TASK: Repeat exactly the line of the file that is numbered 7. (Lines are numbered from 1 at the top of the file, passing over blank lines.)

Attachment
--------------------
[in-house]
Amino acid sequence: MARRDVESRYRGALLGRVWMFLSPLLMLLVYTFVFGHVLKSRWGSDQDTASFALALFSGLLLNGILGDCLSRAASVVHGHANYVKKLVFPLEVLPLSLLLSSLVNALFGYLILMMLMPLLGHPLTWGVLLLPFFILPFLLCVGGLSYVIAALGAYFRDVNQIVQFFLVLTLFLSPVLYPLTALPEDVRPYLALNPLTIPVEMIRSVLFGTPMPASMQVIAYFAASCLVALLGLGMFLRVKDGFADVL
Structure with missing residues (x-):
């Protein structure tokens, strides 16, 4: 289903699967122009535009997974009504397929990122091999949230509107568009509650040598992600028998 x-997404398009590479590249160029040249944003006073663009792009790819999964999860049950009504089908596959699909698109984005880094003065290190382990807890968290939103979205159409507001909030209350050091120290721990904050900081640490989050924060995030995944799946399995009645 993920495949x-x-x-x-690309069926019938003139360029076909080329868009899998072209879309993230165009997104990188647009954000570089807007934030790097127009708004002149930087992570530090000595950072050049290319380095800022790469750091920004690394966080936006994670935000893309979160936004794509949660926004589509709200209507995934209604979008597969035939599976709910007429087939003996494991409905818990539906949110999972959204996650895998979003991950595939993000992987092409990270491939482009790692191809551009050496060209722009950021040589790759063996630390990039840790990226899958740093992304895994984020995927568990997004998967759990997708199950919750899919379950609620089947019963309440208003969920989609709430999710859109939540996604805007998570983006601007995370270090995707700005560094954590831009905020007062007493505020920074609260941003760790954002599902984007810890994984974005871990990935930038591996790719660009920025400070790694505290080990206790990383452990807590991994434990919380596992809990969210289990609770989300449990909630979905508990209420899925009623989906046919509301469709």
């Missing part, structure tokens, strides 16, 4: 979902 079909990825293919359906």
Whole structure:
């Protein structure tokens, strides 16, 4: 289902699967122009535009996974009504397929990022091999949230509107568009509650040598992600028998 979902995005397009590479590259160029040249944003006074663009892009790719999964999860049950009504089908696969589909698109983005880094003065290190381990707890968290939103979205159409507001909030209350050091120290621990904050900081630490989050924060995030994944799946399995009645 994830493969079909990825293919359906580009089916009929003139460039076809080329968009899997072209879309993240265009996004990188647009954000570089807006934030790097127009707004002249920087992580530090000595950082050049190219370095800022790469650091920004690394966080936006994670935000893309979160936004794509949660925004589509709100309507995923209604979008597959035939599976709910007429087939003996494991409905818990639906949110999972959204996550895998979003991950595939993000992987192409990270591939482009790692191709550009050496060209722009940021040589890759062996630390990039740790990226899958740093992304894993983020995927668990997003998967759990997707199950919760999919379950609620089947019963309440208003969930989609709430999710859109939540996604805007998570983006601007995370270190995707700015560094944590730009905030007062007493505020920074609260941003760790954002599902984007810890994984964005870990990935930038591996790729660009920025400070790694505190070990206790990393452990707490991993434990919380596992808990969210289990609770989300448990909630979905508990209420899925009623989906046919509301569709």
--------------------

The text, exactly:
């Protein structure tokens, strides 16, 4: 289902699967122009535009996974009504397929990022091999949230509107568009509650040598992600028998 979902995005397009590479590259160029040249944003006074663009892009790719999964999860049950009504089908696969589909698109983005880094003065290190381990707890968290939103979205159409507001909030209350050091120290621990904050900081630490989050924060995030994944799946399995009645 994830493969079909990825293919359906580009089916009929003139460039076809080329968009899997072209879309993240265009996004990188647009954000570089807006934030790097127009707004002249920087992580530090000595950082050049190219370095800022790469650091920004690394966080936006994670935000893309979160936004794509949660925004589509709100309507995923209604979008597959035939599976709910007429087939003996494991409905818990639906949110999972959204996550895998979003991950595939993000992987192409990270591939482009790692191709550009050496060209722009940021040589890759062996630390990039740790990226899958740093992304894993983020995927668990997003998967759990997707199950919760999919379950609620089947019963309440208003969930989609709430999710859109939540996604805007998570983006601007995370270190995707700015560094944590730009905030007062007493505020920074609260941003760790954002599902984007810890994984964005870990990935930038591996790729660009920025400070790694505190070990206790990393452990707490991993434990919380596992808990969210289990609770989300448990909630979905508990209420899925009623989906046919509301569709």